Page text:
Rail-type rocker arm with loose fit pushrod hole

289 engines built after mid-1966 and 302 engines use a rail-type rocker arm. These rocker arms have ears that extend downward, forming a rail or channel over the valve stem. This rail maintains proper alignment. The pushrod passes through a loose tolerance hole in the cylinder head, resulting in a cheaper assembly. At high RPM, however, these rockers can jump the track, loosing alignment with the valve stem and resulting in potentially serious engine damage. These engines do not require hardened pushrods. This scheme was fully adjustable until 1970 when the studs were changed to incorporate a positive stop. The rocker arm nut is no longer used to adjust the valve clearance. Rather it is simply tightened down. Longer or shorter pushrods are selected to adjust the clearance. Since these are non-adjustable they can not be used with mechanical cams.
You actually have to identify the year of production of the cylinder head to know how to assemble the valvetrain correctly. It sounds like the previous owner just threw extra parts into it without thinking. You have the Positive Stop studs so therefore valve adjustment is accomplished by correct length pushrods.

Even with the use of the COMP CAMS KIT, I would worry about having the correct pushrod length for proper geometry.

CAUTION! Old Guy Passing Through...
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Old 07-23-2005, 08:55 AM
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289 valve adgustmnt

you most likely have the rail rockers which are not adjustable, as you have been told. in my experiance the rail type are very poor, you will find the end of your valves worn plus rockers worn as the rail vertuly limites the lubrication to the valve stem and rockers. get a set of the early heads and hardened push rods, or latter heads with pedistal mounted with stamped rockers. by playing with washers to compensat for wear next thing is the cam , if not already. will fail. good luck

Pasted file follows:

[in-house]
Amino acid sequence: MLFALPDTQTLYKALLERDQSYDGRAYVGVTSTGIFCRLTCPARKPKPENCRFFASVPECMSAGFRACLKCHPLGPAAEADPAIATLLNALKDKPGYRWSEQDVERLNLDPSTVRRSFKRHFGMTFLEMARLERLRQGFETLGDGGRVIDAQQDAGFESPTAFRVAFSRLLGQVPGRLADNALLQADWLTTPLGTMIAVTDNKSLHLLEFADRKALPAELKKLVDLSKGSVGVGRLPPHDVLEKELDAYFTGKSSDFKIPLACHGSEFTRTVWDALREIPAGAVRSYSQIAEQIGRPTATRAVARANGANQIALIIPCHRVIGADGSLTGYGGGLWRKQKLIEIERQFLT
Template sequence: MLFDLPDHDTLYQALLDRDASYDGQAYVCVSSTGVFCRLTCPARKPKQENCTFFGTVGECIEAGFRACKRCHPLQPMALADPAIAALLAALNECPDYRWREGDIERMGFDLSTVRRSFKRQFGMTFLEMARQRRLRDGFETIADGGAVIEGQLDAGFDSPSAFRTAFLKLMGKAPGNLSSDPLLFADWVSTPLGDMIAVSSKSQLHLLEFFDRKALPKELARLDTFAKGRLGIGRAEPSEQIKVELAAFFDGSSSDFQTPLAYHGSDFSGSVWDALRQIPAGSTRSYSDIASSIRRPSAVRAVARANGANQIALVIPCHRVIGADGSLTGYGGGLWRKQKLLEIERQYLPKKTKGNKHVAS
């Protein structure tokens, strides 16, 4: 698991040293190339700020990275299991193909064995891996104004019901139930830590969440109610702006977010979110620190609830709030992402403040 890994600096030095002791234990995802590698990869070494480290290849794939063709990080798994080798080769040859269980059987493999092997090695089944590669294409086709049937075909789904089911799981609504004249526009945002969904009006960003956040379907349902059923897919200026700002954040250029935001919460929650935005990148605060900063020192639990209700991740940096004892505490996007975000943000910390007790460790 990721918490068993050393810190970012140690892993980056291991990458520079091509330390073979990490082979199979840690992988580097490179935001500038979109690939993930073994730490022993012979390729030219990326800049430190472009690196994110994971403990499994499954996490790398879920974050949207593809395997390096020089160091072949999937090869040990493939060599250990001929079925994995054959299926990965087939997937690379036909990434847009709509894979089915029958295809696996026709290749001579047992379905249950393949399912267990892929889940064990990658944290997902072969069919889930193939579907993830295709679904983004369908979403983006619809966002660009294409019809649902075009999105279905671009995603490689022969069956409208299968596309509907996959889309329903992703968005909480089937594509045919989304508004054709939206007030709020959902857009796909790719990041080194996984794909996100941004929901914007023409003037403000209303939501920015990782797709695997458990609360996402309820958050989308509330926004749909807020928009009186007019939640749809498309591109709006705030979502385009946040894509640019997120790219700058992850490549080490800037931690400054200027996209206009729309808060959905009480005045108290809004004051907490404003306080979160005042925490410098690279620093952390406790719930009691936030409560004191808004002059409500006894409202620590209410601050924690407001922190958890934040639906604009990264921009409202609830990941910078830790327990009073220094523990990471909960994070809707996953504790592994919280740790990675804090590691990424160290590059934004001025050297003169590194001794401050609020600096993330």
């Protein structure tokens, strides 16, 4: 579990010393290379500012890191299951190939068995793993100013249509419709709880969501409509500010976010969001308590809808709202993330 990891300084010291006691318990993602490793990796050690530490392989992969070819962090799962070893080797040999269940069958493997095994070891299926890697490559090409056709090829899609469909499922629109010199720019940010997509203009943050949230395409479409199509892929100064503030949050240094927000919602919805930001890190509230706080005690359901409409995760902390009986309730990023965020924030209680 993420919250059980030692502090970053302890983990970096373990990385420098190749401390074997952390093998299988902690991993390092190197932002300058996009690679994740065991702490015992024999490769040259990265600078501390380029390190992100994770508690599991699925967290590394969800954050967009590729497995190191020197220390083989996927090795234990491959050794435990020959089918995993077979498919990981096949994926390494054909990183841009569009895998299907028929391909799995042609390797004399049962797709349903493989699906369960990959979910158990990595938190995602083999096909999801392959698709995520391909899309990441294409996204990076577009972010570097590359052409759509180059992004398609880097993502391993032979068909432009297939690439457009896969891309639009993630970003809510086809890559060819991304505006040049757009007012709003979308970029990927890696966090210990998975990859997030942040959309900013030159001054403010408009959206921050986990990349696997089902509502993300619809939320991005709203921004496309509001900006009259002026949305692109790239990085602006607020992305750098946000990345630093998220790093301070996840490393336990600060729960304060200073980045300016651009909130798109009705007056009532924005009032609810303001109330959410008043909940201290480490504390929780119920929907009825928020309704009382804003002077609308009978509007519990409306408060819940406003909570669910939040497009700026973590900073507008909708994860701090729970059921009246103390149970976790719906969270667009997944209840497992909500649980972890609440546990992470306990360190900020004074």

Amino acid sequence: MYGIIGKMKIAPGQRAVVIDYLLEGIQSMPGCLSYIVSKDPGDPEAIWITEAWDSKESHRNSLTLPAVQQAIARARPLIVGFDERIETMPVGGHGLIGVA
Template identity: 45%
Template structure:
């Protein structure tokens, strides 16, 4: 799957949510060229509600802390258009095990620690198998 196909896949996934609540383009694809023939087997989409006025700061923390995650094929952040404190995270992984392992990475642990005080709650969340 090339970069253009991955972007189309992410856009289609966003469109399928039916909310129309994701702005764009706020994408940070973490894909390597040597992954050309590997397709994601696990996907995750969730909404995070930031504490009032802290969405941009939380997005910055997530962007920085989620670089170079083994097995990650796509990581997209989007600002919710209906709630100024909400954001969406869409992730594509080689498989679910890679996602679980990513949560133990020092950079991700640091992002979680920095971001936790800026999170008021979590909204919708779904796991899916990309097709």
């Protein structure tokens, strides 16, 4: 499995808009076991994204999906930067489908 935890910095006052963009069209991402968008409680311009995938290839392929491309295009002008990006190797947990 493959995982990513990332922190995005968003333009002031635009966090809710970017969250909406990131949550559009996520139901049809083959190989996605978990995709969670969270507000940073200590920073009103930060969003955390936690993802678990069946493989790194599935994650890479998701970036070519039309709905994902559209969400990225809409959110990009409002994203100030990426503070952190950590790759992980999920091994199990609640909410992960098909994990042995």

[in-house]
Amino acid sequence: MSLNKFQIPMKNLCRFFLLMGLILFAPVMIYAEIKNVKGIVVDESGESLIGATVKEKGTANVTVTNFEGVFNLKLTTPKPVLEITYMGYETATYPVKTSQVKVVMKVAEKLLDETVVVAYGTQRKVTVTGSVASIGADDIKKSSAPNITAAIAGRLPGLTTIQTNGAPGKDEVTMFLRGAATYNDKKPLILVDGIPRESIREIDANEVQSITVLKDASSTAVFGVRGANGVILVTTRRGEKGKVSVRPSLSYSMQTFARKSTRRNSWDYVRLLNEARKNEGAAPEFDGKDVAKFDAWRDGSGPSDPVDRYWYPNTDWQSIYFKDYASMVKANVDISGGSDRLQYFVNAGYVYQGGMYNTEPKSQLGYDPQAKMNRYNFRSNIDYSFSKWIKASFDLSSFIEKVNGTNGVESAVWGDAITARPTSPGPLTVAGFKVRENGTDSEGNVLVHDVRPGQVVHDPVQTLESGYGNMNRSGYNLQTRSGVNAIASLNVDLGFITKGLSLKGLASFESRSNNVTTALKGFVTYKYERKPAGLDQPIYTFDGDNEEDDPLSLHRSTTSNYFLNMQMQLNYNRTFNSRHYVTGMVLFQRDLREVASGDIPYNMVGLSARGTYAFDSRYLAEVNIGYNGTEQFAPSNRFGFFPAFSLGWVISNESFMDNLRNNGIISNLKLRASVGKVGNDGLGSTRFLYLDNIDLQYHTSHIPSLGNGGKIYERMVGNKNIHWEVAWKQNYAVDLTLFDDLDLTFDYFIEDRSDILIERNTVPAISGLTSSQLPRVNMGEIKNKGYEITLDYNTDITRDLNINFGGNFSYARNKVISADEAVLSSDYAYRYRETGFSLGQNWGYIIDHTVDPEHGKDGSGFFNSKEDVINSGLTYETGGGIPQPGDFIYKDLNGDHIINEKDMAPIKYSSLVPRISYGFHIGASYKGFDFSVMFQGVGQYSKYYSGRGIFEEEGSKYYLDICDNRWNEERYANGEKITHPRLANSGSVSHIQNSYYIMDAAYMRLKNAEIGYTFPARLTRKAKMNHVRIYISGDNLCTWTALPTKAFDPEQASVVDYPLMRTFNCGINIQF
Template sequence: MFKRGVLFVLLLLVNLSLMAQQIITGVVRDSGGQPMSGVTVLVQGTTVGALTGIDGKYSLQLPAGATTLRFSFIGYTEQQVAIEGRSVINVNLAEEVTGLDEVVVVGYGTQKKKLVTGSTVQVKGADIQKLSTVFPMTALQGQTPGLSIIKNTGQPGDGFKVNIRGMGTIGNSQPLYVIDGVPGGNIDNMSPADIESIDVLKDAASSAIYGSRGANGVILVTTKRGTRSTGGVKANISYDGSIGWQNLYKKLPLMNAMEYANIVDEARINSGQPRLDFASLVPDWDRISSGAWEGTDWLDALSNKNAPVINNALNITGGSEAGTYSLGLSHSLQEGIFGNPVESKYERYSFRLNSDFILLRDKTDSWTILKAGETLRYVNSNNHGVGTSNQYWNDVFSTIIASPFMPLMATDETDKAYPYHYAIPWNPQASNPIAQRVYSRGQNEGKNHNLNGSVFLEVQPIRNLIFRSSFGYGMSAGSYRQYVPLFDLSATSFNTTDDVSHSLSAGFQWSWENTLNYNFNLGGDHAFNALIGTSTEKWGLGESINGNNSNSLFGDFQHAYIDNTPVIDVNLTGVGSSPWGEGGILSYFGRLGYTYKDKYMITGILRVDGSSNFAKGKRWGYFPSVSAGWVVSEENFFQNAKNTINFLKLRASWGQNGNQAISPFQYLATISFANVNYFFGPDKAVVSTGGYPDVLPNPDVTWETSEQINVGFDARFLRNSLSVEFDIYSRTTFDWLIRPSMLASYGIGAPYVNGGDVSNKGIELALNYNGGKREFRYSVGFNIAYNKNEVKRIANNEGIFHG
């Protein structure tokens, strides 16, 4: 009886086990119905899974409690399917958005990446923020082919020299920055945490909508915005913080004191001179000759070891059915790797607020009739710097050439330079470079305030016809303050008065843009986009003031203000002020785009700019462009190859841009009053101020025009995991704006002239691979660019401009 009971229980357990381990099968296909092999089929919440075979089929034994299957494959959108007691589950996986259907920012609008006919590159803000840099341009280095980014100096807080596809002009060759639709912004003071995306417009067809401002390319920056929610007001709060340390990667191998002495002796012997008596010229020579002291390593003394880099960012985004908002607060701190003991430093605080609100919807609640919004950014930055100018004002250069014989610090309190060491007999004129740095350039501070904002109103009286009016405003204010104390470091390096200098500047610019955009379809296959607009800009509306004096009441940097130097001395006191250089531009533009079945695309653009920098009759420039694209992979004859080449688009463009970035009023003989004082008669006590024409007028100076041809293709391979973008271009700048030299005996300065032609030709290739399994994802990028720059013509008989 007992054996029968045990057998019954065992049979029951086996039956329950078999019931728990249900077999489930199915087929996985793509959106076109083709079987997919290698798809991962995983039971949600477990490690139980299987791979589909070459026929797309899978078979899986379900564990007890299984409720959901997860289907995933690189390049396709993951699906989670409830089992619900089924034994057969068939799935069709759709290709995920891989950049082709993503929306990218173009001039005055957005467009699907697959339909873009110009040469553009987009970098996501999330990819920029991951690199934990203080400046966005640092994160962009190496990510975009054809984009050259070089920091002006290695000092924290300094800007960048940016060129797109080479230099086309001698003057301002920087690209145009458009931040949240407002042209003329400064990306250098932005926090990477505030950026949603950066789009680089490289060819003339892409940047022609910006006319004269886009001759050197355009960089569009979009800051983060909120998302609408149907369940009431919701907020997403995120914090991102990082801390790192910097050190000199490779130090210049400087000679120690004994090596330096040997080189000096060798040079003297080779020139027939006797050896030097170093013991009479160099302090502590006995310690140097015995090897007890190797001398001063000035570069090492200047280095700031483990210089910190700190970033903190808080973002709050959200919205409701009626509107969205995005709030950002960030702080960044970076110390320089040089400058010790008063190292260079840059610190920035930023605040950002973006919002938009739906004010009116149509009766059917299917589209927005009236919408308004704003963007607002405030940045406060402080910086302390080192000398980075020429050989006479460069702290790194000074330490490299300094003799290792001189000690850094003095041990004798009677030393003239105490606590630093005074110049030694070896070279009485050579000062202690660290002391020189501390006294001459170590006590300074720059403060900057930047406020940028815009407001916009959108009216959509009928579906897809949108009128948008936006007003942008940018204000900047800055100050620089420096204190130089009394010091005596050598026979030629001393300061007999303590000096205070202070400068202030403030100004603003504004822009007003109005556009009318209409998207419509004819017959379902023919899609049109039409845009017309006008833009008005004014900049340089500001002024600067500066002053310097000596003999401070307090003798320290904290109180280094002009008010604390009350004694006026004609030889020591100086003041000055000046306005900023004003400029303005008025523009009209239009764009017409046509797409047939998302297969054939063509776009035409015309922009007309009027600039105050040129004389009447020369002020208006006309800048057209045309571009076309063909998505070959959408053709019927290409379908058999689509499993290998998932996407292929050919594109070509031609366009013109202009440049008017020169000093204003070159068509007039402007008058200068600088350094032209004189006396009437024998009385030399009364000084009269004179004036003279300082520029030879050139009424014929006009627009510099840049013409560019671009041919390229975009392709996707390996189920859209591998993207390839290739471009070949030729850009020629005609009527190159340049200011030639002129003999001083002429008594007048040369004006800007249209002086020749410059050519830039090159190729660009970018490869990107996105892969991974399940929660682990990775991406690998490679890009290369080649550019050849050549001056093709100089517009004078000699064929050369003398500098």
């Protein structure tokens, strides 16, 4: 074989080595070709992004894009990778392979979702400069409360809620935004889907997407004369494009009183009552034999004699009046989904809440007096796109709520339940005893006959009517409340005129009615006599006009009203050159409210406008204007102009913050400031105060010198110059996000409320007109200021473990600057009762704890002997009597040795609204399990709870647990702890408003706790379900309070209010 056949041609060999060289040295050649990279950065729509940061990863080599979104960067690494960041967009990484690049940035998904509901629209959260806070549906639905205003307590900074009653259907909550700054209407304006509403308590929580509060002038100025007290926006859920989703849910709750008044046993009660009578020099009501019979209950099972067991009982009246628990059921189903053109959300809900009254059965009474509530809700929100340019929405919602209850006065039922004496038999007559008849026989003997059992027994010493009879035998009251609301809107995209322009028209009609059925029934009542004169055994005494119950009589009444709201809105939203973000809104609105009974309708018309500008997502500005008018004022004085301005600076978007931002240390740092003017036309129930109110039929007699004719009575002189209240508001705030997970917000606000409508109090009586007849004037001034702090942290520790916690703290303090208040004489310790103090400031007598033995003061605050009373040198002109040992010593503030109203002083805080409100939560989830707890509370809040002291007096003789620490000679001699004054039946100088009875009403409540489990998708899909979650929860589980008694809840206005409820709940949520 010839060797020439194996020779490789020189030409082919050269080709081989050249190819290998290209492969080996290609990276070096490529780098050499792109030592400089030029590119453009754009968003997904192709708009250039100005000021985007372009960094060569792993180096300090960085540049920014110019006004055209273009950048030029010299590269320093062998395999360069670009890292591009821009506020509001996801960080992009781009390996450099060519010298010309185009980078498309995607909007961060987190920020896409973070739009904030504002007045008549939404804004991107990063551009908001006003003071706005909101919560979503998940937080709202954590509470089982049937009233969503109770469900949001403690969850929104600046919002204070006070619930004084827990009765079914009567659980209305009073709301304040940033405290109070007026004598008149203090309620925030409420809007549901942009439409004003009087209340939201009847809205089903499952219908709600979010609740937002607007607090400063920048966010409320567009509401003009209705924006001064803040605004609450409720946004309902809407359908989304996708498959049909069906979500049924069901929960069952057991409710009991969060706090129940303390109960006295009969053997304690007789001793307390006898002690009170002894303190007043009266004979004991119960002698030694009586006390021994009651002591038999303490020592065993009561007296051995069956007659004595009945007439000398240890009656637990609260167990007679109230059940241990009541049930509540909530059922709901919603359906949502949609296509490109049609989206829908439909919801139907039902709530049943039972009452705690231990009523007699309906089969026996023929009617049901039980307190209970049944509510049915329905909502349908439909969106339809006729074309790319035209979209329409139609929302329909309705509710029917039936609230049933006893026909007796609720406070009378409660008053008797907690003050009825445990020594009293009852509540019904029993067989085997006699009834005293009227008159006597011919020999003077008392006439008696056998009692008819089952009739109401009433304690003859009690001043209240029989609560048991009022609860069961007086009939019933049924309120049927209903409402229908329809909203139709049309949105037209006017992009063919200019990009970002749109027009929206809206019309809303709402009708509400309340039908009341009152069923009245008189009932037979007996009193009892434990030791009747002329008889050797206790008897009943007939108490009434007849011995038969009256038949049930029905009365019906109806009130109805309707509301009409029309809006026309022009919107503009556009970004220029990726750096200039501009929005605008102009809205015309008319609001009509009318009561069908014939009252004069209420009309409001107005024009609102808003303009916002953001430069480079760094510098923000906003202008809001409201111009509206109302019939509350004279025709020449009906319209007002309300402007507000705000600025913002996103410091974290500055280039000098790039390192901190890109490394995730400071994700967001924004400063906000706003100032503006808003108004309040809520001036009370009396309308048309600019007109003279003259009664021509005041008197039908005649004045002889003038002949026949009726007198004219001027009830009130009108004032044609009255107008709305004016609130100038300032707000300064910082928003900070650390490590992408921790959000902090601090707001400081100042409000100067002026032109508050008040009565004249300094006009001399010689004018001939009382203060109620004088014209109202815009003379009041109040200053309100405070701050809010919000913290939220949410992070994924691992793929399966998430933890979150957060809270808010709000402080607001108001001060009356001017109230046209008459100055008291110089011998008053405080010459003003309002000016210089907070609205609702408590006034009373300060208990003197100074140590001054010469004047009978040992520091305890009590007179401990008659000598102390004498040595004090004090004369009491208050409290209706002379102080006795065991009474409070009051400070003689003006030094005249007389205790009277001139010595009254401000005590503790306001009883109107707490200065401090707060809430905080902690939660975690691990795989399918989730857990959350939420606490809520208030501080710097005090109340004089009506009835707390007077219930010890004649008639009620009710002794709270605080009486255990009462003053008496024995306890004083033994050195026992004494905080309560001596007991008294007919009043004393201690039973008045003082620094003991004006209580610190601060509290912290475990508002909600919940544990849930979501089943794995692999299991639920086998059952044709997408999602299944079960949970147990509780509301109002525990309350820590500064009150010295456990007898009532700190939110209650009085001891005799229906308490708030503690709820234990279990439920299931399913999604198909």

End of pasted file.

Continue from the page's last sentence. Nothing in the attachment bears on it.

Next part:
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Old 07-23-2005, 02:59 PM
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As the old guy passing through said (sorry Gary, you started it ), It sounds like the parts were just thrown together. If it is a 289 and they put later non adjustable (these are different than the bolt on type) heads on it the pushrods are probably the wrong length, the 2 heads used different length push rods. From the description you gave these are not the later fulcrum rockers that will benefit from shims. Shims will not only be waste of your cash, they will do nothing (not even fit) for these heads. The positive stop studs, have as you described, a "swollen" stud part way down that limits how much you can move the rocker down. The fulcrum style that came later are attached with a bolt and are aligned by the notch in the head that the fulcrum rest in. These are the type that can use the shim set, not the kind you've described. Listen to the old guy, and this younger more handsome guy . I see after looking at the link, the kit described is for the pedestal style, so it would work, but have to agree with Gary regarding pushrod length even when those are used.
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Old 07-23-2005, 11:10 PM
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[QUOTE=Wooky71] From what im looking at it seems that a thick washer on each stud would do the trick.QUOTE]

That was my first thought (although I was thinking about a Pontiac at the time). Note that the inner diameter of the Comp spacer is stepped, not straight. Also, you might find that your stock rocker nuts are not lock-nuts, and will unscrew during vibration.
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Old 07-24-2005, 12:07 AM
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However you do it, whatever parts you have or end up with,
you want a certain amount of preload on the hydraulic lifters.

Crane & Comp both recommend .020 to .060 preload.

Here's how I did mine. You may not have to get quite
so fussy on measuring, but if you do a good job your
motor will run better and last longer.

http://www.lincolnsonline.com/article78.html